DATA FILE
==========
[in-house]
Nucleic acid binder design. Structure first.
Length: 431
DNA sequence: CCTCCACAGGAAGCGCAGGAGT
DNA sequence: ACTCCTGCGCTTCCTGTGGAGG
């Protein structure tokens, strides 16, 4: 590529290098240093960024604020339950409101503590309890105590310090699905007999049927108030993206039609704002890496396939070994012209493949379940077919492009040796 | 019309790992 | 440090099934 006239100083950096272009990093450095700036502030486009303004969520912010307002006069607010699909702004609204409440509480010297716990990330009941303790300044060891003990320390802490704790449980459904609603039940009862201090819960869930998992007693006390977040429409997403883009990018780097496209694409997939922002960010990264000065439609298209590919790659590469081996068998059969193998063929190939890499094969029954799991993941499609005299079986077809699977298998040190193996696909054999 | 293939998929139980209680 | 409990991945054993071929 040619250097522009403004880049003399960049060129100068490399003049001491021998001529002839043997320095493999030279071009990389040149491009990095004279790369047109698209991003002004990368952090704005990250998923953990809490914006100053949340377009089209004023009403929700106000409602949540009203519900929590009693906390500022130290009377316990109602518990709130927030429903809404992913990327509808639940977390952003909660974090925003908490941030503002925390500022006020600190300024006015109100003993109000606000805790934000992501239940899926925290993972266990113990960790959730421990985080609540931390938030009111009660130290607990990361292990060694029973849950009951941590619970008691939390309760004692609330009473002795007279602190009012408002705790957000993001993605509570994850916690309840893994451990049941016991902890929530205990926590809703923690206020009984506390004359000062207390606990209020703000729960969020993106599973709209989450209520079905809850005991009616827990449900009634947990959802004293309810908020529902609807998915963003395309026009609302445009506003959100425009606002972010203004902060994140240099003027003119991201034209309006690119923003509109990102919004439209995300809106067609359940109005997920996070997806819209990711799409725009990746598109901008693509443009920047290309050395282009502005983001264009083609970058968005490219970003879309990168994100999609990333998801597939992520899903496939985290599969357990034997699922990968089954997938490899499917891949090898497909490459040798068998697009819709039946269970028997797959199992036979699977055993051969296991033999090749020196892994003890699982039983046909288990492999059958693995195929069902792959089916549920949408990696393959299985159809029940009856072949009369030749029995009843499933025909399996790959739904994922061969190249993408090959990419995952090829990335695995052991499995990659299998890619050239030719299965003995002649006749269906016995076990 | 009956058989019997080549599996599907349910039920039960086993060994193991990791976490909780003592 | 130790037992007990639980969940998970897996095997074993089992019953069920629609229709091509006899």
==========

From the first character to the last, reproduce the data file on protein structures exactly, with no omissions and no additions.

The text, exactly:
[in-house]
Nucleic acid binder design. Structure first.
Length: 431
DNA sequence: CCTCCACAGGAAGCGCAGGAGT
DNA sequence: ACTCCTGCGCTTCCTGTGGAGG
């Protein structure tokens, strides 16, 4: 590529290098240093960024604020339950409101503590309890105590310090699905007999049927108030993206039609704002890496396939070994012209493949379940077919492009040796 | 019309790992 | 440090099934 006239100083950096272009990093450095700036502030486009303004969520912010307002006069607010699909702004609204409440509480010297716990990330009941303790300044060891003990320390802490704790449980459904609603039940009862201090819960869930998992007693006390977040429409997403883009990018780097496209694409997939922002960010990264000065439609298209590919790659590469081996068998059969193998063929190939890499094969029954799991993941499609005299079986077809699977298998040190193996696909054999 | 293939998929139980209680 | 409990991945054993071929 040619250097522009403004880049003399960049060129100068490399003049001491021998001529002839043997320095493999030279071009990389040149491009990095004279790369047109698209991003002004990368952090704005990250998923953990809490914006100053949340377009089209004023009403929700106000409602949540009203519900929590009693906390500022130290009377316990109602518990709130927030429903809404992913990327509808639940977390952003909660974090925003908490941030503002925390500022006020600190300024006015109100003993109000606000805790934000992501239940899926925290993972266990113990960790959730421990985080609540931390938030009111009660130290607990990361292990060694029973849950009951941590619970008691939390309760004692609330009473002795007279602190009012408002705790957000993001993605509570994850916690309840893994451990049941016991902890929530205990926590809703923690206020009984506390004359000062207390606990209020703000729960969020993106599973709209989450209520079905809850005991009616827990449900009634947990959802004293309810908020529902609807998915963003395309026009609302445009506003959100425009606002972010203004902060994140240099003027003119991201034209309006690119923003509109990102919004439209995300809106067609359940109005997920996070997806819209990711799409725009990746598109901008693509443009920047290309050395282009502005983001264009083609970058968005490219970003879309990168994100999609990333998801597939992520899903496939985290599969357990034997699922990968089954997938490899499917891949090898497909490459040798068998697009819709039946269970028997797959199992036979699977055993051969296991033999090749020196892994003890699982039983046909288990492999059958693995195929069902792959089916549920949408990696393959299985159809029940009856072949009369030749029995009843499933025909399996790959739904994922061969190249993408090959990419995952090829990335695995052991499995990659299998890619050239030719299965003995002649006749269906016995076990 | 009956058989019997080549599996599907349910039920039960086993060994193991990791976490909780003592 | 130790037992007990639980969940998970897996095997074993089992019953069920629609229709091509006899």